Beijing Olympics: Bolt strikes again with gold in 200-meter sprint

BEIJING - Move over, Michael. Make way for Usain.

The Beijing Olympics will no longer be remembered only for what Michael Phelps did in the pool. Usain Bolt made sure of it on the track Wednesday night.

Already the champion at 100 meters, Bolt whizzed through the 200, too, making him the first winner of both Olympic sprints since Carl Lewis in 1984.

Yet Bolt one-upped Lewis, Jesse Owens and the other guys who've pulled off the 100-200 double. The long, lanky, joyous Jamaican also set a world record in both races, and that's never been done at an Olympics.

'I blew my mind,' said Bolt, 'and I blew the world's mind.'

So now it's time for a new debate, sports fans. Which is more impressive: Phelps' eight gold medals and seven world records or Bolt leaving no doubt that he's the fastest man in the world, the fastest man ever?

Bolt's victory made memorable a day that was supposed to be a bit of a lull before the big finish this weekend. Only 11 medals were decided, fewest since the first day of competition.

There was other notable news, though, like the U.S. softball and men's basketball teams getting tested before moving closer to playing for gold. There also was the first-ever medal of any color at any Olympics for Afghanistan (a bronze in men's taekwondo), the debut of BMX cycling and another doping case, this one involving a medal winner.

The International Olympic Committee said it is investigating Ukraine's Lyudmila Blonska. If found guilty of a doping offense, the 30-year-old Blonska would lose her silver medal in heptathlon and be expelled from the games.

Another piece of news is that these Summer Games are on pace to be the most-watched in history, a figure skewed by how many of China's 1.3 billion residents were tuned in.

Then again, Phelps - and now Bolt - are making for must-see TV.

The United States still leads the medal count, up only 82-79 over China. The hosts bumped their gold count to 45, with a first-ever sailing victory joining the list.

China already has won more golds than the United States won when it hosted the 1996 Olympics in Atlanta, and has tied the number won by the Soviet Union in 1992. The Soviets won 55 in 1988, which is now within range for the Chinese, especially with 86 more golds to be decided through Sunday.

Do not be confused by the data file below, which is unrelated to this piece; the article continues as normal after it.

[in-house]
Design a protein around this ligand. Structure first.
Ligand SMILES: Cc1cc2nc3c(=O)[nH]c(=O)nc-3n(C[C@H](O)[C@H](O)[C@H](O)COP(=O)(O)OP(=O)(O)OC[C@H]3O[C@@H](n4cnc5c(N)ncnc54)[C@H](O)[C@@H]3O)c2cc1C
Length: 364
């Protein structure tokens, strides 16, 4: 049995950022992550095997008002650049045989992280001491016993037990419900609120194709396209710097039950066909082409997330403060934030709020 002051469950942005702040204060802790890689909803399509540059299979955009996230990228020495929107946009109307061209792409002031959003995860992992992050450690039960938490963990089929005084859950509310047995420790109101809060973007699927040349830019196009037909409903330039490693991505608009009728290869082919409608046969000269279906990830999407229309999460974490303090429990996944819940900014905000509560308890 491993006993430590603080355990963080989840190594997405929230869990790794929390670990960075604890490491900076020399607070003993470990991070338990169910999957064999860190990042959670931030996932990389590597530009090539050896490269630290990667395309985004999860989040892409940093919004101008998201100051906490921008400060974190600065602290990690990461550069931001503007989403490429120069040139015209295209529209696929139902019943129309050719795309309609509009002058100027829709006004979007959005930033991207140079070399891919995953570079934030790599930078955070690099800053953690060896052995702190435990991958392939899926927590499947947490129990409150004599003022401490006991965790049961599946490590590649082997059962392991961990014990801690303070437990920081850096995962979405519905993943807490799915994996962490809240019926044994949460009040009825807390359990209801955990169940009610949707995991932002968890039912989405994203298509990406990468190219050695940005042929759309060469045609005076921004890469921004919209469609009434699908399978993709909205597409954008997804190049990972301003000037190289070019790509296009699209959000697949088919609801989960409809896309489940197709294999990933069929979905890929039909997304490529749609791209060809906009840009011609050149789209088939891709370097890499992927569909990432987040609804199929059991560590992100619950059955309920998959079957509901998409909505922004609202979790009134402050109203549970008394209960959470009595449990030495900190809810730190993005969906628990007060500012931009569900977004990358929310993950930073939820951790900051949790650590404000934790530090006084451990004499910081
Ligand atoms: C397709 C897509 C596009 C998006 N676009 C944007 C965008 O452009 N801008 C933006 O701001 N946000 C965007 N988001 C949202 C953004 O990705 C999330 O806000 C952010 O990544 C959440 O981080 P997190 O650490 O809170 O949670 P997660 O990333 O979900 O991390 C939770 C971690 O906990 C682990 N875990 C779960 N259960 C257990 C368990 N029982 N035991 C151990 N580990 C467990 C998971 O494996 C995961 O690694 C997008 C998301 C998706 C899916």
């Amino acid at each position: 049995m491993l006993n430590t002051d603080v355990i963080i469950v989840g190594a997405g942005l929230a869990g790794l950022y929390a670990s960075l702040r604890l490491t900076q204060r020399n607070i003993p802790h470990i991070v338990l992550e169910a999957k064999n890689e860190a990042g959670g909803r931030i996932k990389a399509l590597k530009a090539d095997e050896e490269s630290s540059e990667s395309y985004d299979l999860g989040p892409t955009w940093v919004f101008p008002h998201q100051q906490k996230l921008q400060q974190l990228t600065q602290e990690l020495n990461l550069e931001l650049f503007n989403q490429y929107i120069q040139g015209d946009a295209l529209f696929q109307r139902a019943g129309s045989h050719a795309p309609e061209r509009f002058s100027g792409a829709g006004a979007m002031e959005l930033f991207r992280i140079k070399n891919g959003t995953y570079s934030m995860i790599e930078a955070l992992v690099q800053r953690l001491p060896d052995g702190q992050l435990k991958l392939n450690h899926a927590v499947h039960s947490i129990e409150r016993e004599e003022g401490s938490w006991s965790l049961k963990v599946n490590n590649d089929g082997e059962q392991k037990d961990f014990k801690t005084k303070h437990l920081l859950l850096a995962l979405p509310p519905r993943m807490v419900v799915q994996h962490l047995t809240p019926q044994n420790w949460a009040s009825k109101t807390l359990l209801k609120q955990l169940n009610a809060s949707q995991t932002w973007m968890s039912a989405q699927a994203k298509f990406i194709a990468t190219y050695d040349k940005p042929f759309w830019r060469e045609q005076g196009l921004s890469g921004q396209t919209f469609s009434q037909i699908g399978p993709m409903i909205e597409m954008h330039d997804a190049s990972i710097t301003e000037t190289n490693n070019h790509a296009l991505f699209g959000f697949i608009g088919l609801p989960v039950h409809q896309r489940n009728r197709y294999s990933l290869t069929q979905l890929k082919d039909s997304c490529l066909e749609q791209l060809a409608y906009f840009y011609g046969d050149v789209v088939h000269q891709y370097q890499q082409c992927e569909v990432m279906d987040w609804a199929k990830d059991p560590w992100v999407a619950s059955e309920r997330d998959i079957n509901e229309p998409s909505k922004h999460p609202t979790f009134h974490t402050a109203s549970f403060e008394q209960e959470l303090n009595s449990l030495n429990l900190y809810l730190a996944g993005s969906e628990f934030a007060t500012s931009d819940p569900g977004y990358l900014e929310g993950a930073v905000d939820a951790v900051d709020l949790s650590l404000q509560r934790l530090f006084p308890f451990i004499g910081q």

Track and field

Bolt needed only 19.30 seconds to go from start to finish and he made sure not to waste any time showboating.

Pushing with all he had in his favorite event, Bolt broke Michael Johnson's mark that had stood since Atlanta by a mere 0.02, but his margin of victory - 0.66 - was the biggest ever in the Olympic 200.

Bolt is the ninth man to sweep the 100-200. But Bolt is likely more excited about being the first man to own the 100 and 200 world records since fellow Jamaican Donald Currie did it in the 1970s.

One more number of note: 22, Bolt's age as of Thursday. During his victory lap, a version of 'Happy Birthday' played over the loudspeakers inside the Bird's Nest as Bolt took off his gold shoes and wrapped the Jamaican flag around his shoulders like a scarf.

While most eyes were on Bolt, judges saw that the second- and third-place finishers - including American Wallace Spearmon - went outside their lanes. They were disqualified, bumping Americans Shawn Crawford and Walter Dix up to silver and bronze.

Men's basketball

This is what goes down as a 'tough test' for the U.S. squad of NBA All-Stars: A five-point lead in the second quarter that turned to 12 by halftime ... and was never close again.

'Sooner or later we'll impose our will,' U.S. point guard Chris Paul said. 'I don't know if you can keep up with us for 40 minutes.'

Australia sure couldn't. After a tight game into the fourth quarter Aug. 5, the Aussies hung with the American until the middle of the second quarter but that was it. Kobe Bryant scored nine points during a 14-0 surge to open the second half and the only question after that was how much they would win by. It wound up being 31 points, 116-85.